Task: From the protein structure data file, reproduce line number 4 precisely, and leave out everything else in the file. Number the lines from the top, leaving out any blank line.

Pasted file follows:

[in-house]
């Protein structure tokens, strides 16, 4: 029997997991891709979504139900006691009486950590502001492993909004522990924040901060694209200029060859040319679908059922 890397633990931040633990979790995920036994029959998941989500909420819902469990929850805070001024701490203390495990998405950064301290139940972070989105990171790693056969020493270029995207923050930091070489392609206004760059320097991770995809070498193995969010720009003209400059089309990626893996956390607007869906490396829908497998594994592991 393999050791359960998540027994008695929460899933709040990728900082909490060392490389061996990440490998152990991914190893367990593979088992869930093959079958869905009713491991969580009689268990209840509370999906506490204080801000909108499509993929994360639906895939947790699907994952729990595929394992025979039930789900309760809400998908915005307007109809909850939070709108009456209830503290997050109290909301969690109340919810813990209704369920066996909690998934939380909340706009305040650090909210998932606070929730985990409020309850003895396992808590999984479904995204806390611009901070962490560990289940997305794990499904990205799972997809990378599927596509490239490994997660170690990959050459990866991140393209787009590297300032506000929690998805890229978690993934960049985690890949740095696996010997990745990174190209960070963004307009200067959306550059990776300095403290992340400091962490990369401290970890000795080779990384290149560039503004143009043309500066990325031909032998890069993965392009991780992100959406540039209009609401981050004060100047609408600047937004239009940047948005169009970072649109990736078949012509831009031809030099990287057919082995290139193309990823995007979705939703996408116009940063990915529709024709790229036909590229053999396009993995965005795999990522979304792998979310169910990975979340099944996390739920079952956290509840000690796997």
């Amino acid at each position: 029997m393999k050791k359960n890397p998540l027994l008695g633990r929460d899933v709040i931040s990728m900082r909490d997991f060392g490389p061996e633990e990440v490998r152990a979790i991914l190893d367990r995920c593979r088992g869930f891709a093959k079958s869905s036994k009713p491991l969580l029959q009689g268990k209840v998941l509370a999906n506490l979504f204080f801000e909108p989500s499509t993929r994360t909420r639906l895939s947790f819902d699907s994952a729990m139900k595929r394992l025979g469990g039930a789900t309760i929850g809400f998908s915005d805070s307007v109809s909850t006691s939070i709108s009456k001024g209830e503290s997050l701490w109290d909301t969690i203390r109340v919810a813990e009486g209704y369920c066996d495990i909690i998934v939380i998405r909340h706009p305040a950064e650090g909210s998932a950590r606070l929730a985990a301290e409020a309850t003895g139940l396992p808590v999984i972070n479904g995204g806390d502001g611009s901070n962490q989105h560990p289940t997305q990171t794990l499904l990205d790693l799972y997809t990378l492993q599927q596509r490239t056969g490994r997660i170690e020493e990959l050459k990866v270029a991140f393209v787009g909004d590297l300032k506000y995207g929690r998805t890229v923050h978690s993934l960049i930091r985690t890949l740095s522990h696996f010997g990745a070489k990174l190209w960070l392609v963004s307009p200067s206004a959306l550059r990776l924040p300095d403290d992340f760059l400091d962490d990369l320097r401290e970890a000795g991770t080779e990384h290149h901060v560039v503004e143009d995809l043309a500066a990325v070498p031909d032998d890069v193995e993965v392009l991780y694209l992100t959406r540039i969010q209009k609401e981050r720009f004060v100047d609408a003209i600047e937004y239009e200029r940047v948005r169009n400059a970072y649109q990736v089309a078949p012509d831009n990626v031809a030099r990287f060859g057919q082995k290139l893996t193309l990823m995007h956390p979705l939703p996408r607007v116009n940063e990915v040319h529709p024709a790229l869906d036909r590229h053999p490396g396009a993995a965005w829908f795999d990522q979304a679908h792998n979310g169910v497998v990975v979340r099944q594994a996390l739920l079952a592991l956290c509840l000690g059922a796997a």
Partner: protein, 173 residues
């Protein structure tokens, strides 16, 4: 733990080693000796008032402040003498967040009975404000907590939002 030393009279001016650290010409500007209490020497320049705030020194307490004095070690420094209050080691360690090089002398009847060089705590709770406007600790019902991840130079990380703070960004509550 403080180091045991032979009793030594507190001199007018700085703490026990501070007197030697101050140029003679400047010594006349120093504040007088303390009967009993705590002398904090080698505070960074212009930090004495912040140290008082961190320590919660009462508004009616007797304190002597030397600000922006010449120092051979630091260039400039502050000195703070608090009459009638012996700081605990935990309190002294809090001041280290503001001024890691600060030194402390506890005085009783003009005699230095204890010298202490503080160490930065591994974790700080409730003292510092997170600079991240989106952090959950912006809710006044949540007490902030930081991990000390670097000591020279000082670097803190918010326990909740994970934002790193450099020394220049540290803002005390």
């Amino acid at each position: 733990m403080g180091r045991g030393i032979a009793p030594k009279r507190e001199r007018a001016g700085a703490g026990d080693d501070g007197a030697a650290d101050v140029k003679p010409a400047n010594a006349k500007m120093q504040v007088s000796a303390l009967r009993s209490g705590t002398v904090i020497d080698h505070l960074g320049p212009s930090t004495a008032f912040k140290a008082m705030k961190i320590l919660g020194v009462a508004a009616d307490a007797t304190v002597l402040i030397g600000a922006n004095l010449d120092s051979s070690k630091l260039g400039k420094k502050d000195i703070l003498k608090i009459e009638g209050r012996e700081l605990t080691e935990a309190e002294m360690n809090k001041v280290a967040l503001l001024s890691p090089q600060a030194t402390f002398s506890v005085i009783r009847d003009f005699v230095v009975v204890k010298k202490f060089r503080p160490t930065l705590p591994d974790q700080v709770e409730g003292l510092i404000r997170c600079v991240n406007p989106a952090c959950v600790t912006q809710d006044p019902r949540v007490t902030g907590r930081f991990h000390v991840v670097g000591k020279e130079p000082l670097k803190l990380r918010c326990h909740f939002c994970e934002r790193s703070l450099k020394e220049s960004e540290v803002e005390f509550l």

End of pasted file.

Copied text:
Partner: protein, 173 residues